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Re: [lvm-devel] [PATCH v3 01/18] fsadm: Add new commands create, list, add and remove



On Wed, 5 Oct 2011, Alasdair G Kergon wrote:

> On Wed, Oct 05, 2011 at 01:21:17PM +0200, Lukas Czerner wrote:
> > On Wed, 5 Oct 2011, Alasdair G Kergon wrote:
> > >   --force is meant to mean 'permit operations that might not always be wise but
> > > sometimes do need to be done - assume the user knows what they are doing'.
> > > Normally a warning of what will happen is issued and confirmation is required,
> > > but --yes can be used to avoid that confirmation.
>  
> > Do you mean --force in the last sentence ?
>  
> No, I meant --yes.
> 
> It works like this:
> 
>   If you use --yes, you will not be asked any questions.
>   Where the code would otherwise have issued a question, it proceeds as if you
> answered 'yes, do it'.
> 
> If you use --force, it can open up *extra* things the code allows to happen.
> Without it, the code would just give an error 'I'm not going to let you do that'.
> 
> 
> So, the number of --force options supplied controls *what* the code lets you do.
> 
> --yes just controls whether or not you get interactive prompts advising you
> what will happen and giving you chances to bail out.

Ok, now it is clear to me. However --yes option does not exist in some
lvm tolls (e.g. lvremove, vgremove)

> 
> > The first misunderstanding was the use of -f in lvm toos. Because I can
> > not see -y|--yes in the documentation I simply used force for not asking
> > questions about active volumes to be removed. This can be fixed, if '-y'
> > really works.
>  
> I can see things missing from the man pages...
> 
> > The other is, that using -y option to answer yes to umount mounted file
> > system to be checked is ok, but then running fsck with that '-y' option
> > does not make sense and it is also dangerous. But Zdenek is convinced
> > that it has to stay there (I say it is a bug).
> 
> Well what we could do there is:
>   --yes  only:  we do NOT supply -y to fsck.  (Ideally we'd like to choose
> non-interactive options though i.e. if it hits something that would
> normally require an interactive response, then instead of prompting,
> fail the operation.  Perhaps -y should map to 'fsck -n' OR 'fsck -p'?
> It should be non-interactive AND safe.)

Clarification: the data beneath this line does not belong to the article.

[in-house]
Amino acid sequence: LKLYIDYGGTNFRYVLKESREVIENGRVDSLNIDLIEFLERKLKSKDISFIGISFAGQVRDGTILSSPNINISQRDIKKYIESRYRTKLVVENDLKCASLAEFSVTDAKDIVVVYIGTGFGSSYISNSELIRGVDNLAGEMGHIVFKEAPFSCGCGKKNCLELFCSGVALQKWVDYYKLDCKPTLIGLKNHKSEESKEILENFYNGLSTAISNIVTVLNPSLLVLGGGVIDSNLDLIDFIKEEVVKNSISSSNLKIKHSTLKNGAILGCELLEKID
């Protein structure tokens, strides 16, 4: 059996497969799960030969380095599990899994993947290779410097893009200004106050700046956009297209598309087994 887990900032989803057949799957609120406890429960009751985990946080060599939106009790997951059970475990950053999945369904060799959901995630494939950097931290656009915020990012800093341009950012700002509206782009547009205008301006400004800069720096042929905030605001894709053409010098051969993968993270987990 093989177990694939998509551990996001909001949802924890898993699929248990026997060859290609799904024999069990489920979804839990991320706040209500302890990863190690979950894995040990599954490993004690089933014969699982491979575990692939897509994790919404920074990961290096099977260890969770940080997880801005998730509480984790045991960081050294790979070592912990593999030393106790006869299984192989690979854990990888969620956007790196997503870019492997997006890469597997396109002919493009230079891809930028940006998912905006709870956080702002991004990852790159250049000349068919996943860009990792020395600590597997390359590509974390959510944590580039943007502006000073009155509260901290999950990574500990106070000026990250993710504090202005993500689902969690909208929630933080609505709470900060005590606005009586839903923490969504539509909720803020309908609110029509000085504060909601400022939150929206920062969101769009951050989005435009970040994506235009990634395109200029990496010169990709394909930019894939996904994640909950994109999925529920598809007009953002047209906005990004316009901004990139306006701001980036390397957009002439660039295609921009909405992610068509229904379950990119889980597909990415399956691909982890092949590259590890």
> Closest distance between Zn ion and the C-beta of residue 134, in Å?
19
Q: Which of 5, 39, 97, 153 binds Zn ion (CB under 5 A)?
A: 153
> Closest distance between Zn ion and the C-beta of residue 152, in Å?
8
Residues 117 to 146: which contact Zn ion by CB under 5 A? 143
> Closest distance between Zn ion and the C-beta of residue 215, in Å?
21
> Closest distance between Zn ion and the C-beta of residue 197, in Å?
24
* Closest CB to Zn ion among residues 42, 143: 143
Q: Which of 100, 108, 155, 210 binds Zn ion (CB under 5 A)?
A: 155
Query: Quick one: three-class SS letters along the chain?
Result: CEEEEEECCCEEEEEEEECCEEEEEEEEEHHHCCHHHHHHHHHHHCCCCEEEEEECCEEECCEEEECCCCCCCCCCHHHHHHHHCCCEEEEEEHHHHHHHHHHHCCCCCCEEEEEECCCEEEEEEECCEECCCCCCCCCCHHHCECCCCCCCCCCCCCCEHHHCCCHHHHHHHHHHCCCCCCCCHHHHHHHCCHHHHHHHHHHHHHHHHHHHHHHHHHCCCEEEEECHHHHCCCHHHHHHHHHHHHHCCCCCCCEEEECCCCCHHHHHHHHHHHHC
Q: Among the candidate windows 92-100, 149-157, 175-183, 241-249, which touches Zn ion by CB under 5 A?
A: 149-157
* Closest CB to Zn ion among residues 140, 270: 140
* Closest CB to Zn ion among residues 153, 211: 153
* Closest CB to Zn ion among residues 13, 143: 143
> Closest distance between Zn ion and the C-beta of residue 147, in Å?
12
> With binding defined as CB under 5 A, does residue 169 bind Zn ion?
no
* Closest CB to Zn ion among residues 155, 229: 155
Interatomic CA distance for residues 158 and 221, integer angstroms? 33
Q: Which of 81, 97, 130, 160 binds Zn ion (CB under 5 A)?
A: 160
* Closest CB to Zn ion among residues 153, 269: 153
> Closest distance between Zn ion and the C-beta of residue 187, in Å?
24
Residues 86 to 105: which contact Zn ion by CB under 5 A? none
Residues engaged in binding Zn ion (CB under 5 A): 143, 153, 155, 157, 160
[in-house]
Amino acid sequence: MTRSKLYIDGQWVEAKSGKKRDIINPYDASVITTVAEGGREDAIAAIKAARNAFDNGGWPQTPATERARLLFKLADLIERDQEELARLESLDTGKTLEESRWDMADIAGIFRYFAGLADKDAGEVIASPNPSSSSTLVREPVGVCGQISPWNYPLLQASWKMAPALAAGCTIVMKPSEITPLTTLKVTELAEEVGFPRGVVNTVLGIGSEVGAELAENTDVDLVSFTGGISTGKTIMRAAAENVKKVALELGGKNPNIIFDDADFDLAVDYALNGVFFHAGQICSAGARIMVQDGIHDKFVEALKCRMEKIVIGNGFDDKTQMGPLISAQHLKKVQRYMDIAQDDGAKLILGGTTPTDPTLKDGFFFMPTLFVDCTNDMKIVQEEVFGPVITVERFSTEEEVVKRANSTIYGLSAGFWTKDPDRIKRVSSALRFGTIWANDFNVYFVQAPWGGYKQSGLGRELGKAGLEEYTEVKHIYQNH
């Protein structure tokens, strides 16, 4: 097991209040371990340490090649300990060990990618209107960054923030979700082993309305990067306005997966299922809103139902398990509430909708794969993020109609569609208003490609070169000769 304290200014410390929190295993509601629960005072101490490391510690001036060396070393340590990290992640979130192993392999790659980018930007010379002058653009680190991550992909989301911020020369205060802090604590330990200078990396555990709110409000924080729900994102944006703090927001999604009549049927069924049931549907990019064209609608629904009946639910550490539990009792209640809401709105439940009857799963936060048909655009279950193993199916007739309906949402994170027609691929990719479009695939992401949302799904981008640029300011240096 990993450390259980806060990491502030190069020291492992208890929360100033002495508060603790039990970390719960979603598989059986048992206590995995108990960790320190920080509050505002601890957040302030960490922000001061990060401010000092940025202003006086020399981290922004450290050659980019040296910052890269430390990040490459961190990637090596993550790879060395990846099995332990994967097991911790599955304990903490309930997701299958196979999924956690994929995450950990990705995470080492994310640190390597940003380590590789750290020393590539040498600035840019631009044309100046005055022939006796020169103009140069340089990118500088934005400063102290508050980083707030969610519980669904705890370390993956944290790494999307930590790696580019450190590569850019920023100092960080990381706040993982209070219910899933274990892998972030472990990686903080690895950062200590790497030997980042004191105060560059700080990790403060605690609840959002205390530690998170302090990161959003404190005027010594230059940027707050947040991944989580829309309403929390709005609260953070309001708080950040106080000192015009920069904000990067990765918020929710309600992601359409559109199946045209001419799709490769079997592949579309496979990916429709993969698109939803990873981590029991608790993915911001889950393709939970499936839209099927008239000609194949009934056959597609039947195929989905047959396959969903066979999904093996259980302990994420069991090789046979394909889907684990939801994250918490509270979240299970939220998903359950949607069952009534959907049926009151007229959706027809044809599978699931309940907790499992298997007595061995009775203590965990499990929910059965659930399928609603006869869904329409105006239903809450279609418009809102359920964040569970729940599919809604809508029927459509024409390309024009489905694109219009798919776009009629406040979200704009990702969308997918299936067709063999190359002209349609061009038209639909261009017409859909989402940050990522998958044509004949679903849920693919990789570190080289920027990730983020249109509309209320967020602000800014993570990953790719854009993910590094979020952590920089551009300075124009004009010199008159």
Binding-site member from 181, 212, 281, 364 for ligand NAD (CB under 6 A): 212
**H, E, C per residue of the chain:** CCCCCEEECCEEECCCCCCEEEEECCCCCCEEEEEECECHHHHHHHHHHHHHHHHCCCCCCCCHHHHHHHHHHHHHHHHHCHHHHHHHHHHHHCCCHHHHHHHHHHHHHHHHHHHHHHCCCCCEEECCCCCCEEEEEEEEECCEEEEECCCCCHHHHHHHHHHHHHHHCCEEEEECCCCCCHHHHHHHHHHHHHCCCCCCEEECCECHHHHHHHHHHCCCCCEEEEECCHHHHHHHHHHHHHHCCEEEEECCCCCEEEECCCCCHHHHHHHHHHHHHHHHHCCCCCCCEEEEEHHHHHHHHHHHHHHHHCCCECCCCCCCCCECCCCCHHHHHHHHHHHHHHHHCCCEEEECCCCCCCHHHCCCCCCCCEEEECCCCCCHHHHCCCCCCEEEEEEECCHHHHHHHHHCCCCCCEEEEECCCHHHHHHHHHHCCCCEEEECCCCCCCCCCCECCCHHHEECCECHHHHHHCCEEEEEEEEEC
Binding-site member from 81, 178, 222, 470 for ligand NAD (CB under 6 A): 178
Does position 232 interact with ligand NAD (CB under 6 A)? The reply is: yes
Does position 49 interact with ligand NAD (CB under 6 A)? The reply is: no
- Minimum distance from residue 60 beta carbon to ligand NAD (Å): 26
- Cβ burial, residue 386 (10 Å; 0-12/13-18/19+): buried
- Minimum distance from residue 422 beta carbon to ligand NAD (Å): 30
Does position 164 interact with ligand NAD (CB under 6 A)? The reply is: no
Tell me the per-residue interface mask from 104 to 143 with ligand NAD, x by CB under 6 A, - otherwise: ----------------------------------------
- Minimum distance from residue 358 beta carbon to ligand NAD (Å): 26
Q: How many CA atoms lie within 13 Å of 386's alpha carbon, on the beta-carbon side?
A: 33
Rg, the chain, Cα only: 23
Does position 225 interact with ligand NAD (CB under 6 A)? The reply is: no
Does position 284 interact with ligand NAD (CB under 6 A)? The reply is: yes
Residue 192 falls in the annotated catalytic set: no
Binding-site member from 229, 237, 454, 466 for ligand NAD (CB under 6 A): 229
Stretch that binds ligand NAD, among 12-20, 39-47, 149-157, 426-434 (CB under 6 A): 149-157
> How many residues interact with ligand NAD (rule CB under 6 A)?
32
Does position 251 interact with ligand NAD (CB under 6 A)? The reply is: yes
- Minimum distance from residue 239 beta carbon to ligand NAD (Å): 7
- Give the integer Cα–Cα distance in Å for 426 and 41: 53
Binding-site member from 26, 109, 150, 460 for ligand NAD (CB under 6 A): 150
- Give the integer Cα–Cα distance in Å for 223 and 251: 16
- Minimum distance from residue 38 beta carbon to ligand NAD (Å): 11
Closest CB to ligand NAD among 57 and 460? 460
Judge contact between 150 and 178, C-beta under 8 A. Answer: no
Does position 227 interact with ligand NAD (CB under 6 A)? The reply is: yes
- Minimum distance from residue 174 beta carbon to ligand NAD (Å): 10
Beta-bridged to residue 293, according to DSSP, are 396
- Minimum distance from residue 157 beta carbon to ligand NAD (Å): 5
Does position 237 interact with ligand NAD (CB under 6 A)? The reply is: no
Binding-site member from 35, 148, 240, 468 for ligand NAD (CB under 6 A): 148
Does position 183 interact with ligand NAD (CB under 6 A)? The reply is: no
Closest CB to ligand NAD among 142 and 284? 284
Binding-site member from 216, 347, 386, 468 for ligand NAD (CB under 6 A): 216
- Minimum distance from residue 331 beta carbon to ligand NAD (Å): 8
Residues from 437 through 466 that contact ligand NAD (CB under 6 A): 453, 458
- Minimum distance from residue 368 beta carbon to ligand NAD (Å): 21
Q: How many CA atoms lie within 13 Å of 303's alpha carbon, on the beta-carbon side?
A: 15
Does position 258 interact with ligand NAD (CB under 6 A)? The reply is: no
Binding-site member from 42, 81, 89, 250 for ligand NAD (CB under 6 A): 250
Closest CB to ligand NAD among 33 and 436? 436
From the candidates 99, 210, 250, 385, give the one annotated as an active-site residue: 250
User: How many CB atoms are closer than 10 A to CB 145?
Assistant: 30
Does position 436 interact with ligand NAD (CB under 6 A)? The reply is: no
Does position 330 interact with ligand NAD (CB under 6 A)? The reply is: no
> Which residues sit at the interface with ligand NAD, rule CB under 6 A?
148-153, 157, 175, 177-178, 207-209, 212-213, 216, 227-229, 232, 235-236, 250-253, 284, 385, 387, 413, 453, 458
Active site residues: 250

Non interactive would be fsck -p which actually will try to fix the file
system, not answer yes to all questions, however I am not sure if we
want it to map it to --yes option.

> 
>   --force --yes: This could perhaps map to -y, if there's a case
> for that.  Or perhaps '--force --force --yes'

The problem here is, that --yes is also used to umount the file system
prior to the fsck. I would be in favor of just not supporting fsck -y in
fsadm, but having fsck -p for non interactive use.

> 
> > lvresize as well, where you have to use "--nofsck" (which is broken btw).
>  
> The reason for --nofsck is if you *know* the filesystem is ok because you
> already ran a check (for example).  But if the fs is indeed ok, won't a basic
> fsck be fast anyway, (just checking fs state in superblock rather than
> performing a full check) such that it doesn't matter if it gets run again?

We can easily get the information whether the file system has been
checked since the last umount and skip the check automatically, since
resize2fs will not require it. However basic check is not very useful,
since as you said it'll only check the state of the super block, which
is not enough and resize2fs will refuse to run in the case that the file
system has not received full check from the last mount.

So as you can see, --nofsck is actually not needed for the case you've
described and I would prefer not allowing user to override that
behaviour and always do fsck prior to the resize2fs, but I can not
insist on it - it just can not be done with --force, but rather with
--nofsck.

> 
> Alasdair

-Lukas


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